Bank HSBC on Monday announced the surprise departure of CEO John Flint after just 18 months, saying new leadership was needed amid increasing economic uncertainty at home and in Asia, which accounts for 80 percent of the group's profit.
London-based HSBC Holdings said Flint stepped down by mutual agreement. Noel Quinn, the chief executive of global commercial banking, will serve as interim CEO while the bank looks for a permanent replacement.
Flint, 51, spent almost 30 years at the bank before he became CEO with the promise to “continue to innovate and accelerate the pace of change” needed to meet the demands of shareholders and customers. HSBC shares have fallen almost 14 percent since Flint took over, compared with a less than one percent drop in the FTSE 100 Index.
The bank on Monday reported second quarter profits of $4.4 billion, up seven percent compared with the same period last year, but it warned that “geopolitical issues could impact a significant number of our major markets.” Economic growth is expected to slow in the US and China amid a trade war between the world's two biggest economies, and Britain is preparing to leave the European Union on October 31.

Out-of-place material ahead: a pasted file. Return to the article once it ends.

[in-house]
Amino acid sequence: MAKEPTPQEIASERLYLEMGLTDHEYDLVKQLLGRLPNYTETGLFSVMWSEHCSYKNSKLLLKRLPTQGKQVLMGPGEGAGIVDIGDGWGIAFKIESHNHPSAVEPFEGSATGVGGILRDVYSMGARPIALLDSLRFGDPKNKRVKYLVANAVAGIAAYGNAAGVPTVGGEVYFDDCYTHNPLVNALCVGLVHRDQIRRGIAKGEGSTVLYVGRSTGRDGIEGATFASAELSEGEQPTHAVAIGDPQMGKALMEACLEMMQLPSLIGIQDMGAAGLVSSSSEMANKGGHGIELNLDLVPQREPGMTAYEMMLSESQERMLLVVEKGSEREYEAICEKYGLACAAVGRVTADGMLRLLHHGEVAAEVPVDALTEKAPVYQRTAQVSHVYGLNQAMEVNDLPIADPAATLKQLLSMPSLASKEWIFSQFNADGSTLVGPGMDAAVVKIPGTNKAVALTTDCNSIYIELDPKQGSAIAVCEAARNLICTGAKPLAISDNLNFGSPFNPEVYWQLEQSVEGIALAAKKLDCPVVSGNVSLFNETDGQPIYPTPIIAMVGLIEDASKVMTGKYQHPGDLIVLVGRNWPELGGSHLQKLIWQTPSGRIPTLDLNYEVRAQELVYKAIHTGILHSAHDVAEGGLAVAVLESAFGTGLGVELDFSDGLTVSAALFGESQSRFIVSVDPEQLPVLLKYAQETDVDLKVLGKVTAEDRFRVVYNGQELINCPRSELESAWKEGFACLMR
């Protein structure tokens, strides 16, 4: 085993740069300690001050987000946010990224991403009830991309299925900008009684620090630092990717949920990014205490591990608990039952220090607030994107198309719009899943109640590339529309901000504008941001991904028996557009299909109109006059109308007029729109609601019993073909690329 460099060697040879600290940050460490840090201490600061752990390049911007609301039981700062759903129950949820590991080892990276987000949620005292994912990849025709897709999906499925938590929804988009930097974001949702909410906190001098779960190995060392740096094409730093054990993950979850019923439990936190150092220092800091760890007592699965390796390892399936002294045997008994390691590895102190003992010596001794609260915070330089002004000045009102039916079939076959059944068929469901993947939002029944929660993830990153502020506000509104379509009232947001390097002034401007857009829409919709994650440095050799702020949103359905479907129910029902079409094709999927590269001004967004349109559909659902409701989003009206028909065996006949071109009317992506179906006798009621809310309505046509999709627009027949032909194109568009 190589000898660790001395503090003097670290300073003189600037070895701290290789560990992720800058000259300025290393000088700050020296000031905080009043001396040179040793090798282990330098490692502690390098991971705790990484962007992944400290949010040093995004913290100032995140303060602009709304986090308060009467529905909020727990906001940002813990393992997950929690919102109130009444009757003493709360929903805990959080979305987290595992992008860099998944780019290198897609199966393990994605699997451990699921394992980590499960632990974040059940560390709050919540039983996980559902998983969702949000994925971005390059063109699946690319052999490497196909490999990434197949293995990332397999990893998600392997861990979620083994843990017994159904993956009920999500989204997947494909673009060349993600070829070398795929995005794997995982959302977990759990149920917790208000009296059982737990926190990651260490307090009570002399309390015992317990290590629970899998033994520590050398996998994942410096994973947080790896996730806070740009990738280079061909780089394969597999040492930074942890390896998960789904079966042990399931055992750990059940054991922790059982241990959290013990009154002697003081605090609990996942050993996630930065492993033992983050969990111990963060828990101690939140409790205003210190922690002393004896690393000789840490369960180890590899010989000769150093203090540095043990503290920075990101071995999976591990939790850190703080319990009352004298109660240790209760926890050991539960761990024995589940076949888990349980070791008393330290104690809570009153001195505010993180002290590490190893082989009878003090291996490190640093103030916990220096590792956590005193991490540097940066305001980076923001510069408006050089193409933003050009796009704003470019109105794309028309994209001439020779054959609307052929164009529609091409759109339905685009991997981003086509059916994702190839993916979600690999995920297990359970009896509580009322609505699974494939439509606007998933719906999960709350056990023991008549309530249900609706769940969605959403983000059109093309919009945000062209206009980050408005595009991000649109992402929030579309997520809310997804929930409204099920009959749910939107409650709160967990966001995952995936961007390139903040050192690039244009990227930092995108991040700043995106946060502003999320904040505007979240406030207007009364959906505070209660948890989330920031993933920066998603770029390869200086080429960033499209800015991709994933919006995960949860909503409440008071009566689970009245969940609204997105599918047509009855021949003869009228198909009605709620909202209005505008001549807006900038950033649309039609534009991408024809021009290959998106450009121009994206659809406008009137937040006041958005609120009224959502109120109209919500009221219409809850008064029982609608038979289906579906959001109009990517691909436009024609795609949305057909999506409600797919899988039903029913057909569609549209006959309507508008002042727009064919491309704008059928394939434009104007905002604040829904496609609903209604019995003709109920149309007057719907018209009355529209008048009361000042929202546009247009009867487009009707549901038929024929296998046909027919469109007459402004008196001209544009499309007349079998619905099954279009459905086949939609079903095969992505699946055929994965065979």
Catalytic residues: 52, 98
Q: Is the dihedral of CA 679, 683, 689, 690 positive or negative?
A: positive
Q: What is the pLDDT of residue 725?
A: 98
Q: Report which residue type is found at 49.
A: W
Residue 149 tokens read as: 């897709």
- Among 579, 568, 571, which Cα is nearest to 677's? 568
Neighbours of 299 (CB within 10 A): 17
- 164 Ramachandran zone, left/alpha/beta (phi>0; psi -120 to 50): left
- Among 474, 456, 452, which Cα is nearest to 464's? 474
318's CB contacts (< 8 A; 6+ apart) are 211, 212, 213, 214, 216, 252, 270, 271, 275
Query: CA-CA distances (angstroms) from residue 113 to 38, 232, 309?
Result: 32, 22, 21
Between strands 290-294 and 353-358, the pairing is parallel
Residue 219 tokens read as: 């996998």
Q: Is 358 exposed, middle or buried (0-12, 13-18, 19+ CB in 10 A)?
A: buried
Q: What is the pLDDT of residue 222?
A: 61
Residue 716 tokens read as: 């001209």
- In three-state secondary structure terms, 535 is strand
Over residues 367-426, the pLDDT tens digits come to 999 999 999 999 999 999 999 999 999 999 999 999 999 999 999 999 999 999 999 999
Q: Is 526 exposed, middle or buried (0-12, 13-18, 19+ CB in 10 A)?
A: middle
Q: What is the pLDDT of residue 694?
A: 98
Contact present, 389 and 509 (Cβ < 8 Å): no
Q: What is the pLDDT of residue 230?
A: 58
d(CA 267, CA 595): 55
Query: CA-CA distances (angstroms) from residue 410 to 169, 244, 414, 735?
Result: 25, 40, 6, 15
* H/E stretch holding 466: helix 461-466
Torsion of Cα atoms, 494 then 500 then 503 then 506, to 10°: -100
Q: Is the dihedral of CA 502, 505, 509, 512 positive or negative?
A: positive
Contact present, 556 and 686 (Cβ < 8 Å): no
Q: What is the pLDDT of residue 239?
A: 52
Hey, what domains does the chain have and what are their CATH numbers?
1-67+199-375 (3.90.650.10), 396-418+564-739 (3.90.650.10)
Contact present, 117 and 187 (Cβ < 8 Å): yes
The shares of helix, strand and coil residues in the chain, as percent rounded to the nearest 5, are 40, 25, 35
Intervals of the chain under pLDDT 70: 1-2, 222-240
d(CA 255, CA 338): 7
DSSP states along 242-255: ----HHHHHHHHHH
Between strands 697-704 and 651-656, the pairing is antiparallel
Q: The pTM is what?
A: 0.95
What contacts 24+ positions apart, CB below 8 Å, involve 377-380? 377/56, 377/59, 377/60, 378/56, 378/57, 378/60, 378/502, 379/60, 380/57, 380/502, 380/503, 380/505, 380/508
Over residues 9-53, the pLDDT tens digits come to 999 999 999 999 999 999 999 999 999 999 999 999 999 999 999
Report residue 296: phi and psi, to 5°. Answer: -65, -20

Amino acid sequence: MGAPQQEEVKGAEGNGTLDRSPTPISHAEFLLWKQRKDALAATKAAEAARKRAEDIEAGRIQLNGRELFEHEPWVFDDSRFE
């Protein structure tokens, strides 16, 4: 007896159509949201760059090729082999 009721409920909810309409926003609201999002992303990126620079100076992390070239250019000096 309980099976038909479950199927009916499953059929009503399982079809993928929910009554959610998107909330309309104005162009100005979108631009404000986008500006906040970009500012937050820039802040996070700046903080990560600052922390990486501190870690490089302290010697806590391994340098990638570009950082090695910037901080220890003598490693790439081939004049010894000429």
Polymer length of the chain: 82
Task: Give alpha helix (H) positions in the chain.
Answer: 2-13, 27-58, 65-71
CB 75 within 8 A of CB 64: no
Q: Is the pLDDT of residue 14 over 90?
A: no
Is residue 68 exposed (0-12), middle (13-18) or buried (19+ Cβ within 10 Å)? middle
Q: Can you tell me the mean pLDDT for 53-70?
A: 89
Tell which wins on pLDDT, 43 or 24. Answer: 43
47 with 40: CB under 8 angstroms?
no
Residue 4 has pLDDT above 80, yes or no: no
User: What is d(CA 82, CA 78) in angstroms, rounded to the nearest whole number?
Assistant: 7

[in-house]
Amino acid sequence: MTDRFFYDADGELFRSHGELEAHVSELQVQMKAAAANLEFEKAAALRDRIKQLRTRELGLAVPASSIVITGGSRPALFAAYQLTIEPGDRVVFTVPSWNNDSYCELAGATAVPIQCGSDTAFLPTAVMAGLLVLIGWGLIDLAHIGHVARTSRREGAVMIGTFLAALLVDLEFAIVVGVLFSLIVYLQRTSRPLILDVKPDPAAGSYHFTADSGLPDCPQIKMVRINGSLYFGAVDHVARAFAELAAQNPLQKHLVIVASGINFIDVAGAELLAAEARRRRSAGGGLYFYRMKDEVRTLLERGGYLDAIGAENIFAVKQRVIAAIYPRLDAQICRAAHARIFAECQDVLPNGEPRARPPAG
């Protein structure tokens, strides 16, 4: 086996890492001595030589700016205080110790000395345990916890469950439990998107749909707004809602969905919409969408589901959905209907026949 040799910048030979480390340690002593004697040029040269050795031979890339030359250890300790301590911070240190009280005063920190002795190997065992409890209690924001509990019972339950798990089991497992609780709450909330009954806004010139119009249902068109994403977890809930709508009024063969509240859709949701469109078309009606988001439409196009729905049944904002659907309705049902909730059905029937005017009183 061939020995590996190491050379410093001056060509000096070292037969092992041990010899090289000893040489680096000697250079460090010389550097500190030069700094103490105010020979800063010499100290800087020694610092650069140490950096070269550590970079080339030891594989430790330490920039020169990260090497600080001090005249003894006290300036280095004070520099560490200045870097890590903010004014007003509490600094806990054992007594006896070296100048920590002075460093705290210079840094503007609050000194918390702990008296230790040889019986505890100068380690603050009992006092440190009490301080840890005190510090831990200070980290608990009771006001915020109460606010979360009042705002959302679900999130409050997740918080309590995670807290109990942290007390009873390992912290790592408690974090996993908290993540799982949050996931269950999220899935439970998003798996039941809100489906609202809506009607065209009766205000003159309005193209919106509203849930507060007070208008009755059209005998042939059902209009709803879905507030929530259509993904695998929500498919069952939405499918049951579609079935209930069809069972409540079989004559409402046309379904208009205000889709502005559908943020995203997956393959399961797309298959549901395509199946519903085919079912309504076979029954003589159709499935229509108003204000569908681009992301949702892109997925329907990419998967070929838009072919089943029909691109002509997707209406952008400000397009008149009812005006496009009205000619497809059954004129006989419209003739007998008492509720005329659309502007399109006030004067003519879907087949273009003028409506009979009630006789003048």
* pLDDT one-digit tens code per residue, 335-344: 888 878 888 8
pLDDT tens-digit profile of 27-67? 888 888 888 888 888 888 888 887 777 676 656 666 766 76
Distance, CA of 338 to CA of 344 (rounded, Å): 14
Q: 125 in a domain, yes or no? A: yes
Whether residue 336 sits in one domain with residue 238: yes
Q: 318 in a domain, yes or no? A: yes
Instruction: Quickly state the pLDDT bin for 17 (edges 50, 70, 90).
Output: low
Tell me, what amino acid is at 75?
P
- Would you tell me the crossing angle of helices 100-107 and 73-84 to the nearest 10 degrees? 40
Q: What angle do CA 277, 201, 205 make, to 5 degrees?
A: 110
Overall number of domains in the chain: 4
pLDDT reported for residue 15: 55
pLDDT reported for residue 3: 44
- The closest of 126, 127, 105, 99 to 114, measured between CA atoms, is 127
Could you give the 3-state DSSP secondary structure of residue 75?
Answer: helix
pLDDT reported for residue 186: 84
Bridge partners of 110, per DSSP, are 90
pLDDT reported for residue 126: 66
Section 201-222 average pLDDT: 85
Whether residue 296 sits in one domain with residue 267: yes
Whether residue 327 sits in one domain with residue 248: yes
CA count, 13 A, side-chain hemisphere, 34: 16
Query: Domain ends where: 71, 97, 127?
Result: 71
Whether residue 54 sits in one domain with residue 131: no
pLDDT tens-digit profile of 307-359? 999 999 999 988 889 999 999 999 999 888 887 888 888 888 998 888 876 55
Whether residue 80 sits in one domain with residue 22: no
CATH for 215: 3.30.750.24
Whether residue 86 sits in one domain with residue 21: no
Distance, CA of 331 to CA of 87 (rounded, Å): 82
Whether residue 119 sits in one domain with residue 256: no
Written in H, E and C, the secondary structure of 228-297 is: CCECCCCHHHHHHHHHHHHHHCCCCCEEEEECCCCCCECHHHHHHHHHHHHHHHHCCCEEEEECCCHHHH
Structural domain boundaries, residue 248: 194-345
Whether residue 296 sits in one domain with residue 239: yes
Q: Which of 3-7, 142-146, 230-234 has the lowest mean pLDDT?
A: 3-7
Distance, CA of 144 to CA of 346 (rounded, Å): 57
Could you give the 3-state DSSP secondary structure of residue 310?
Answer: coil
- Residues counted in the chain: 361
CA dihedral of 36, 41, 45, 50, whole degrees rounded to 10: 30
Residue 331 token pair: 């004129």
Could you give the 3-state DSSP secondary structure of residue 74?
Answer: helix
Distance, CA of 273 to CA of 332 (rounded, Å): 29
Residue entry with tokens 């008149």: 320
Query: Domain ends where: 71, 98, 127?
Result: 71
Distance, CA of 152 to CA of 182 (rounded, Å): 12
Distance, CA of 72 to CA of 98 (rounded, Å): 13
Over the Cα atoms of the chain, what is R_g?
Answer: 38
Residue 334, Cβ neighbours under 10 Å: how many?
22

“With macroeconomic and geopolitical headwinds mounting, the HSBC board could be looking for more radical reform,” Nicholas Hyett, an analyst at Hargreaves Lansdown, said in a note to investors. “What that will look like remains to be seen.”
HSBC has sought to boost earnings by streamlining operations, cutting costs and increasing its focus on fast-growing Asian economies.
Chairman Mark Tucker said that while the bank is in a strong position to deliver on strategy, a change of leadership is necessary.
“In the increasingly complex and challenging global environment in which the bank operates, the board believes a change is needed to meet the challenges that we face and to capture the very significant opportunities before us,” he said.
Flint will be available to assist in the transition, HSBC said.
In the latest round of the trade dispute between the US and China, President Donald Trump last week announced plans to impose a 10 percent tariff on an additional $300 billion of imports from China.
“Trade tensions between the US and China are progressively affecting the growth output in both markets,” HSBC Chief Financial Officer Ewen Stevenson told investors.